French researchers from the Sorbonne University have conceived an intriguing experiment - they want to test how a horn from a 17, 000-year-old shell would sound in a cave where ancient people lived. The musical instrument has very unusual sound qualities, it was created purposefully, but for what purposes it is a mystery. There is a version that he will reveal his secret when he will sound under the arches of the cave.
Initially, archaeologists did not pay attention to the large shell found in 1931 in the Marsoulas Cave in the Pyrenees, they considered it a kind of ancient bowl. Together with other artifacts of the Madeleine culture, which existed 18-12 thousand years ago, it was placed in a museum and forgotten for many decades. The shell is unremarkable, such can be found today near the Atlantic, if not for two "buts".
Firstly, from the cave of Marsoulas to the sea is now 200 km, and it is unlikely that ancient people would have carried it so far. This means that before the coast passed somewhere nearby, and the life of this people could be connected with the sea more than we know. Secondly, the broken off tip turned out to be the strongest part of the shell, it is almost impossible to do it by accident. As the tomography showed, they worked hard over the sink, it was not only converted into a horn, but also fasteners for the mouthpiece were made.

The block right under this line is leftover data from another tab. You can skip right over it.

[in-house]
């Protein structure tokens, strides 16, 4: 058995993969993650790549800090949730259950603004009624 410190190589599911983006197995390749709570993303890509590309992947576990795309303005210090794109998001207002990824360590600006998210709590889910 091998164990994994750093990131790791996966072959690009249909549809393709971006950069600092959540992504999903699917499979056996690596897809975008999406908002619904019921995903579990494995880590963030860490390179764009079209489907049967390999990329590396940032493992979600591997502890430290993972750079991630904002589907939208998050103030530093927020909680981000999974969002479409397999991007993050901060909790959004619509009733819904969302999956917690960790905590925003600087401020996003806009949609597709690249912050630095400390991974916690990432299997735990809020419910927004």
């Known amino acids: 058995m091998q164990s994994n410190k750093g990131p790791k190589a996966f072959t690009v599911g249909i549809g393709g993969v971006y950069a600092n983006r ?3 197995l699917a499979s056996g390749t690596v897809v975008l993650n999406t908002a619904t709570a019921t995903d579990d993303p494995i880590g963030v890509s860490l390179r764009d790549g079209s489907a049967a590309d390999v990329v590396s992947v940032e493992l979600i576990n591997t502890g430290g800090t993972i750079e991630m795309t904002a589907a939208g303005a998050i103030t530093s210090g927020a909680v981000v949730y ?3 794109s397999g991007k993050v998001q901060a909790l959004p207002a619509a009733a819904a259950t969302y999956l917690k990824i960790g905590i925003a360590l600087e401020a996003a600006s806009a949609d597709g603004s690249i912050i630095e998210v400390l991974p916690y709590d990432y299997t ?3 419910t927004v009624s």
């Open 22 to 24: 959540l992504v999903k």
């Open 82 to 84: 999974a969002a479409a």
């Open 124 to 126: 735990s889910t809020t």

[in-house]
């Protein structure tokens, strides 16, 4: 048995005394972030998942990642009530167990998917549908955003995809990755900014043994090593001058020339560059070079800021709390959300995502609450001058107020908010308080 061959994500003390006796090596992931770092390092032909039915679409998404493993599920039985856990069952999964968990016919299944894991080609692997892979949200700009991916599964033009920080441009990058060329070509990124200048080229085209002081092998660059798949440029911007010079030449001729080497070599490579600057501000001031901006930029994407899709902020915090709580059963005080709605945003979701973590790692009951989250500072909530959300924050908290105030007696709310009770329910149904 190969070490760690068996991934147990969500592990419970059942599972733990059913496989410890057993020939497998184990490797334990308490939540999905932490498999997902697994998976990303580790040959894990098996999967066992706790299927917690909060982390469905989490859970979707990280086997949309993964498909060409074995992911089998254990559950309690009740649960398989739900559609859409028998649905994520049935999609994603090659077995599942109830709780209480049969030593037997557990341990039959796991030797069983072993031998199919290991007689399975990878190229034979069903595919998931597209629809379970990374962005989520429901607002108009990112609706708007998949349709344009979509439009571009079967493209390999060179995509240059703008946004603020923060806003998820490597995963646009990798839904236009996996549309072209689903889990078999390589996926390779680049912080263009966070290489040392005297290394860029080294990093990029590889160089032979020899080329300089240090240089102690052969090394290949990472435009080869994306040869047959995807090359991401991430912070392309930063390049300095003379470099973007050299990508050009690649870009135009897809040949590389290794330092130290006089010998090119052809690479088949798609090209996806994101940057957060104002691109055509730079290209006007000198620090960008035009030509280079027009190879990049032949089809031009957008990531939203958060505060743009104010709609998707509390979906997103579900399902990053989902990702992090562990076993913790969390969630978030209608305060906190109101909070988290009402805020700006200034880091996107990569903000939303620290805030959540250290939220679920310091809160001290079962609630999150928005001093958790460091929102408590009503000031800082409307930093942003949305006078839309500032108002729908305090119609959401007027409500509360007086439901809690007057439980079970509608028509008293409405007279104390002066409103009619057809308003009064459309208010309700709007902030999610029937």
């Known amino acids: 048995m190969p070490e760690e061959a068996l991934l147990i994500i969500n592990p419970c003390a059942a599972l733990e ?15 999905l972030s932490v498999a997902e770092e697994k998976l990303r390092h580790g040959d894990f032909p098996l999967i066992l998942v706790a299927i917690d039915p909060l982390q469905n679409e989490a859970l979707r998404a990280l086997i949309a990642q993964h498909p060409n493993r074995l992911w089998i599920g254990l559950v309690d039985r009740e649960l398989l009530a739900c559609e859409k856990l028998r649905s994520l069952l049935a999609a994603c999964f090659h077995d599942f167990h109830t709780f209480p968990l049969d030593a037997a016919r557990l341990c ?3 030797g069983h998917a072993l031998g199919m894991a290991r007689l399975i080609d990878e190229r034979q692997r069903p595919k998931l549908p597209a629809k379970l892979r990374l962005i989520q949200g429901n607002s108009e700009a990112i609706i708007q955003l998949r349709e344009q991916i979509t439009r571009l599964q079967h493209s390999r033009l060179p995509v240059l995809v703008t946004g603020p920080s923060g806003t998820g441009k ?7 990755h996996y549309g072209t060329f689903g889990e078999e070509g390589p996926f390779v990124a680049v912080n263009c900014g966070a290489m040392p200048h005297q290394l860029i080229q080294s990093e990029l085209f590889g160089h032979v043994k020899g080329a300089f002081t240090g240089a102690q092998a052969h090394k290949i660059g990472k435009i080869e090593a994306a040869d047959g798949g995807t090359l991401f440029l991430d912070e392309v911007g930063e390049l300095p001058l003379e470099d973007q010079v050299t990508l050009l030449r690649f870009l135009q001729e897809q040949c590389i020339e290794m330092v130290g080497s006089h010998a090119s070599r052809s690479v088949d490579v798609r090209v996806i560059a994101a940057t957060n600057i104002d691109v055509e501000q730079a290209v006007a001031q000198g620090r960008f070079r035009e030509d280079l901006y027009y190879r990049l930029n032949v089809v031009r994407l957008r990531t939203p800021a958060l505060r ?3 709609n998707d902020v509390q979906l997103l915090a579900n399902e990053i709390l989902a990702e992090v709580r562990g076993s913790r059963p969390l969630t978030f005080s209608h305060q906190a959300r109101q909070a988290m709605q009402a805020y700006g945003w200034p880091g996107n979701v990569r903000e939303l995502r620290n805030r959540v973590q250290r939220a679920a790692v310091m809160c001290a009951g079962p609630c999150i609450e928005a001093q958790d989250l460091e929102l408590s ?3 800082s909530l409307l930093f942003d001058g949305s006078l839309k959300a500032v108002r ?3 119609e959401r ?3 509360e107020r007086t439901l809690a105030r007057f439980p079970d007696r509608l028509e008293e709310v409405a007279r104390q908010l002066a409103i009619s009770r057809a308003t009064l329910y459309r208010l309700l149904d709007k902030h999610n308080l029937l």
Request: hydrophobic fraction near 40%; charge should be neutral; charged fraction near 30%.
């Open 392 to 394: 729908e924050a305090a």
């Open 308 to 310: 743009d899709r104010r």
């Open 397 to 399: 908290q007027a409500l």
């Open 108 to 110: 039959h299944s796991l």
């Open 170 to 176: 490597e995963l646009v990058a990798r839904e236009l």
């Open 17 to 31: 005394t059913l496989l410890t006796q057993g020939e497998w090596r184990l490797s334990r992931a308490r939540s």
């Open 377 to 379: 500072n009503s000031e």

The shell horn is quite different from the ancient flutes carved from the hollow bones of large birds. With it, you can play three different notes: C, C sharp and D, and the sound is so powerful that at a distance of a meter from the sink, the volume exceeds 100 dB. The people of the Madeleine culture are known for their skillful processing of flint and bones, but the musical instrument made from the shell is something special. It is currently the oldest functional wind instrument of its kind.